A senior member of the Palestinian Authority said that he thought that religious leaders had a great role to play in resolving the conflicts of our world and in building a better future for the human family.  He pointed out that Christianity, Judaism and Islam – the three religious traditions of the Holy Land – each have peace, justice and love as defining themes of their respective religions. They have millennia of wisdom and experience of the human condition, he said.  This has to make them well placed to contribute more substantially to the search for a more just and peaceful world!

I have to say that his comments struck a chord with me. I have long believed religion played a much more significant role in resolving the conflict in Northern Ireland for example than it did in creating or sustaining it.

What was interesting about the remarks of the Palestinian representative though was his acknowledgement that religion is a vital component in human affairs.  He had no hesitation in believing that dialogue between Christianity, Judaism and Islam has a positive contribution to make to the future peace and well-being of the human family.

Pope Benedict: Faith and Reason in the Service of Peace
I know that Trinity Monday is essentially a celebration of university life and culture.  Pope Benedict XVI is someone interested in university life.  Actually he spent most of his life in universities and has a really keen awareness of the potential of good universities to make a big contribution to the peace and well-being of the human family.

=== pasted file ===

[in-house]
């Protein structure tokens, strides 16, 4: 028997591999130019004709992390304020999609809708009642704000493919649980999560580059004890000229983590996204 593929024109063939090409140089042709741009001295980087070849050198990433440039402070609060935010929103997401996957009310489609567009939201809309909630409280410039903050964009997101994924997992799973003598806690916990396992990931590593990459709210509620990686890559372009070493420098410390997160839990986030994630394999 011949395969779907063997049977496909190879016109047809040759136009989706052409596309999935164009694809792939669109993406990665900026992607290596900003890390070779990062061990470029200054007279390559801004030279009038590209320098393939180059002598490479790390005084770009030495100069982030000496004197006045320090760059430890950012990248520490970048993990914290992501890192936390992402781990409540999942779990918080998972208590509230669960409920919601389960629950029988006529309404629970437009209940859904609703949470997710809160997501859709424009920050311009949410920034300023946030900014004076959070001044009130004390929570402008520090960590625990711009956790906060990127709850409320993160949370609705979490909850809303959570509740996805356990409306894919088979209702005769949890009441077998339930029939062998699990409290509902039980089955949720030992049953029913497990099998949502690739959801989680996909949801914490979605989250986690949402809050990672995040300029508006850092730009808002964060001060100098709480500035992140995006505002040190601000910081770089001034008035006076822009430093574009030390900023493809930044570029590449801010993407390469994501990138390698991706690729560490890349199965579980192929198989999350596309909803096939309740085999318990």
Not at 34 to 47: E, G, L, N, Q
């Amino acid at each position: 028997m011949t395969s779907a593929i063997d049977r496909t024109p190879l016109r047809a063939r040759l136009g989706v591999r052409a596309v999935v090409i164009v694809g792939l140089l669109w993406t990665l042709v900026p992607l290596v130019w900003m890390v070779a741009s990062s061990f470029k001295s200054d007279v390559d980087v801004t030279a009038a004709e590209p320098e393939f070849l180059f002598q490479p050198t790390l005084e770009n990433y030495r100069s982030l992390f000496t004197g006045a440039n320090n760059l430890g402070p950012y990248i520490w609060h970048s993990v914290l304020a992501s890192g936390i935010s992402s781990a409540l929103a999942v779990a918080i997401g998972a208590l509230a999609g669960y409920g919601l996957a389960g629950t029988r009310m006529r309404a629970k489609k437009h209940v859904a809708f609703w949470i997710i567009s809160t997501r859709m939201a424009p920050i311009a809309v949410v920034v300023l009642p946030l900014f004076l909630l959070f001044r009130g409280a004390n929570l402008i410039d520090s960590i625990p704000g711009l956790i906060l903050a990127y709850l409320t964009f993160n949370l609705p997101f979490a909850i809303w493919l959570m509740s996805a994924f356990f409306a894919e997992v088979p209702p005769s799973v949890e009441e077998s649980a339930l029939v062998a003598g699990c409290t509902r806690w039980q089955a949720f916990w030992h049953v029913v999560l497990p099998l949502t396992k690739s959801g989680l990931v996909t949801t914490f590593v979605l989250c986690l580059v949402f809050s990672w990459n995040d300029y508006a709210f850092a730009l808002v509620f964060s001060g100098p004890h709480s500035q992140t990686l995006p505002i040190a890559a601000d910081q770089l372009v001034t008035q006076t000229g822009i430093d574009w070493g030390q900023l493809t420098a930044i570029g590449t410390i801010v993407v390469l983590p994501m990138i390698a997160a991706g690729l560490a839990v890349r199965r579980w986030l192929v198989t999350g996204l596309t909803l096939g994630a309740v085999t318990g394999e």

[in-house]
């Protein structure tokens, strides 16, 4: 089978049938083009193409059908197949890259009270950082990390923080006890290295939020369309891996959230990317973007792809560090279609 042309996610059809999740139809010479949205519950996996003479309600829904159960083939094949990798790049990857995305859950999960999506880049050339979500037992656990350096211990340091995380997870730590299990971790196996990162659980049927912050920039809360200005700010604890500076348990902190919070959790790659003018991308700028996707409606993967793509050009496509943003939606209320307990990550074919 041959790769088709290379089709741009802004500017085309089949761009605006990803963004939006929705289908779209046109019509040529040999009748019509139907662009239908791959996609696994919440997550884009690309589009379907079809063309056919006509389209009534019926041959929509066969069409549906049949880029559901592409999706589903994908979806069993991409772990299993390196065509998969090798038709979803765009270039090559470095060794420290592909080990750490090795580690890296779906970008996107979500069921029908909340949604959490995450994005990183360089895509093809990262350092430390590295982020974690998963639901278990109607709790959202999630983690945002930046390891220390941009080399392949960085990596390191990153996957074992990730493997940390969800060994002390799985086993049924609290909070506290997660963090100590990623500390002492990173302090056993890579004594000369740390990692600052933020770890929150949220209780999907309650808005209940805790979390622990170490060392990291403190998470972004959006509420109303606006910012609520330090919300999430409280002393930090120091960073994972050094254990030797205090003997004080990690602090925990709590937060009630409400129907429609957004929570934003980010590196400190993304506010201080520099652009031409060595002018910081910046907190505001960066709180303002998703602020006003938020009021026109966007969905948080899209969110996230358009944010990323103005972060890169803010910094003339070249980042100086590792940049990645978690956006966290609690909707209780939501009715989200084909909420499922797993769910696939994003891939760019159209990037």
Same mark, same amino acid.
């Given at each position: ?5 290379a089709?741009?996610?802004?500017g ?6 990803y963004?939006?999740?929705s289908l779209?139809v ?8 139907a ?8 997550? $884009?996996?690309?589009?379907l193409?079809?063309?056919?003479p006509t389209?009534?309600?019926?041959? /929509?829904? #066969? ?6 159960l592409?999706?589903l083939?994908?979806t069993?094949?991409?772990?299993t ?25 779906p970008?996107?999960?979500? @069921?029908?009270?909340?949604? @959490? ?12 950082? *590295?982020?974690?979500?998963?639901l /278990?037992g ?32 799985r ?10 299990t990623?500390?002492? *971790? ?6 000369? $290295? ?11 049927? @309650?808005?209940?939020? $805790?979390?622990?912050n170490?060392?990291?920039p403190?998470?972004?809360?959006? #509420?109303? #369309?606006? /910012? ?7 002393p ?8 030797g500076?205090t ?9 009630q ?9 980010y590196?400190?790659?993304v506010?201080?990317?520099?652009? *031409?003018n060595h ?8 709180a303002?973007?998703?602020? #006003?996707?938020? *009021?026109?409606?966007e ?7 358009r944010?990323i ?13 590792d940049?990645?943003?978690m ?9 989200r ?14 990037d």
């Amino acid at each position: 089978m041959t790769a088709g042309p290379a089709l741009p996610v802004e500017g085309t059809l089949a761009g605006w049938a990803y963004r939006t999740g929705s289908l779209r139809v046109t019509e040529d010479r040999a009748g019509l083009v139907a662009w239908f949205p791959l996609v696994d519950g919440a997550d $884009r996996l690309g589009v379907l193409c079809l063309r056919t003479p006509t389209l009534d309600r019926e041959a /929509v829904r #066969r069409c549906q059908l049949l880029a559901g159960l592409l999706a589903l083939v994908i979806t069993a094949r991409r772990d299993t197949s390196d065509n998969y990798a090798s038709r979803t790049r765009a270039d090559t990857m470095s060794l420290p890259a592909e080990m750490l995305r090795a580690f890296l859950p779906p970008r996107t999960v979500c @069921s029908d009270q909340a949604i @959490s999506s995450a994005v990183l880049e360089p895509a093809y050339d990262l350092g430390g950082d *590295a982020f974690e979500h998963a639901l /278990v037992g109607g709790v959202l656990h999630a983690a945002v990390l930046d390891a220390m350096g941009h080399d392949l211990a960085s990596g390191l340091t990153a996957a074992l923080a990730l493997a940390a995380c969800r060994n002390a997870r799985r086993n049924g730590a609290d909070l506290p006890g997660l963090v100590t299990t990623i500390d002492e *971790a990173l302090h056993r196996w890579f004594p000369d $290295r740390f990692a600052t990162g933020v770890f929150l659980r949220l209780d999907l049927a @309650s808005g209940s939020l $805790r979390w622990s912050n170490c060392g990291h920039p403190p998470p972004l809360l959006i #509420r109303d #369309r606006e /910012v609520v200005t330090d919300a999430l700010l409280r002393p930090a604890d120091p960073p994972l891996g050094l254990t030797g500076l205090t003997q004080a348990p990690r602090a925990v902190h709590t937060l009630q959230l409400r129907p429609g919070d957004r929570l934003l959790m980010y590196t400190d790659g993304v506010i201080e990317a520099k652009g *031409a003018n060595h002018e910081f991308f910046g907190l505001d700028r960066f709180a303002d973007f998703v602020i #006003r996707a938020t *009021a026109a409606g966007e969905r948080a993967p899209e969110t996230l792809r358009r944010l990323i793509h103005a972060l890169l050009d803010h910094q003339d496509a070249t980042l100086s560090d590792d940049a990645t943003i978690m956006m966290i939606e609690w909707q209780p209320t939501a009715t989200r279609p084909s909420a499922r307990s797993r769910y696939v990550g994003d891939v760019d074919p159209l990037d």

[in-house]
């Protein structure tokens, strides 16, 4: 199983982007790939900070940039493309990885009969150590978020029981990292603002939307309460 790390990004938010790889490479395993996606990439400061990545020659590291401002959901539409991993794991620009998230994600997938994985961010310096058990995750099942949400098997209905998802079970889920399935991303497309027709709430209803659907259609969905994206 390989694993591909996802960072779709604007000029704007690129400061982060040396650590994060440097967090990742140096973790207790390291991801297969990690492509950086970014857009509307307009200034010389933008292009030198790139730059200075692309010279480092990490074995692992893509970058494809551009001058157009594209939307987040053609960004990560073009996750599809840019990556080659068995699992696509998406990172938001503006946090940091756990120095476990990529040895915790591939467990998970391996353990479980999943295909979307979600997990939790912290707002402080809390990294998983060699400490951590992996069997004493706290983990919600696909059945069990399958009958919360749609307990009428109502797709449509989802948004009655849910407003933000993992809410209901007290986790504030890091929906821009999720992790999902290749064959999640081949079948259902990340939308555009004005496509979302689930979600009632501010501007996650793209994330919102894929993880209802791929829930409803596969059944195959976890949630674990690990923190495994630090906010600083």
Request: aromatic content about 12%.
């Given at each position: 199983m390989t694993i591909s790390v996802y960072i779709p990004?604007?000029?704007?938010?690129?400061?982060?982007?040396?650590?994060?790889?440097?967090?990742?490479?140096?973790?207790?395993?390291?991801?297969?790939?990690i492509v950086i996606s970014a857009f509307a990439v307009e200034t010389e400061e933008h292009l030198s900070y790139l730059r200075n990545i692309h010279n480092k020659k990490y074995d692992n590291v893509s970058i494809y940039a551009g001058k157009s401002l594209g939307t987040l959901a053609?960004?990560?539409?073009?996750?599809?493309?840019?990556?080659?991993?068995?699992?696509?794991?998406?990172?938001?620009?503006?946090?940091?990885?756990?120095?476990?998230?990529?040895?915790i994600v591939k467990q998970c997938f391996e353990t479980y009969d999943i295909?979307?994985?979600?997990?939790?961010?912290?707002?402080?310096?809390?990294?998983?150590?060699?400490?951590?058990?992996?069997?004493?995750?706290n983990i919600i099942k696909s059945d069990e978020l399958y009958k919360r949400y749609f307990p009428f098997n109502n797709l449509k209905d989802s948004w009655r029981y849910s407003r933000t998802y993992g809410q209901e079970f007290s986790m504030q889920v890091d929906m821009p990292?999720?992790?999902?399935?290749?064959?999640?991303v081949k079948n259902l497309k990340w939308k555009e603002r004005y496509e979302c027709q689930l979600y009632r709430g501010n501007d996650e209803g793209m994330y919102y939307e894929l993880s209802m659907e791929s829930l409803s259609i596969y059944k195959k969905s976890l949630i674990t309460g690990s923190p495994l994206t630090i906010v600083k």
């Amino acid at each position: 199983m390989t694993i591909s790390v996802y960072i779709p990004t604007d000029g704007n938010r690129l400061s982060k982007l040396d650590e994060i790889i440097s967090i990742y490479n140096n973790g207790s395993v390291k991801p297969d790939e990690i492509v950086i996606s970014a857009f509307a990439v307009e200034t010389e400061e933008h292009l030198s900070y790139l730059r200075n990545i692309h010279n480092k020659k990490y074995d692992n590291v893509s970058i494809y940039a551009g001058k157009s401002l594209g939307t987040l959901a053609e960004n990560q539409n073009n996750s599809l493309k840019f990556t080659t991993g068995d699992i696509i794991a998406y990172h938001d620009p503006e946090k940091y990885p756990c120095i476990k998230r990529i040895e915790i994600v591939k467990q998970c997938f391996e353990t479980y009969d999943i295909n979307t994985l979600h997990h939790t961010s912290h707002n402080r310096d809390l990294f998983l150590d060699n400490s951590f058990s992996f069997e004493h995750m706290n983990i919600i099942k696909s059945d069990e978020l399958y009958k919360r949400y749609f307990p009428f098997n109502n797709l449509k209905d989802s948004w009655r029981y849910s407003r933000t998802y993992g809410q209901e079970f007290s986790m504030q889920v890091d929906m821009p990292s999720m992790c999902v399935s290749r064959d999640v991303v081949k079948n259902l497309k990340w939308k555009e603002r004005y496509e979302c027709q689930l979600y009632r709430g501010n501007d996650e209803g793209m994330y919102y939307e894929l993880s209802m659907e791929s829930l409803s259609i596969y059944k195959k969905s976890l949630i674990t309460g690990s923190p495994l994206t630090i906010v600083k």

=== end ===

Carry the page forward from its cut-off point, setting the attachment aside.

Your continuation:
Pope Benedict arrived in the Holy Land last Friday.  In his first address to the civil authorities on arrival in Amman, Jordan, he emphasised the importance of ‘trilateral’ dialogue among Christians, Muslims and Jews.

On Saturday past he showed his interest in universities once again, this time by blessing the cornerstone for a new university in Madaba.  Speaking to the students who would soon begin their courses there the Pope said: “You are called to be builders of a just and peaceful society composed of peoples of various religious and ethnic backgrounds.  These realities – I wish to stress once more – must lead, not to division, but to mutual enrichment.”

Pope Benedict then set out three objectives which would help the new university to achieve this ‘noble task’.  They apply of course to any university.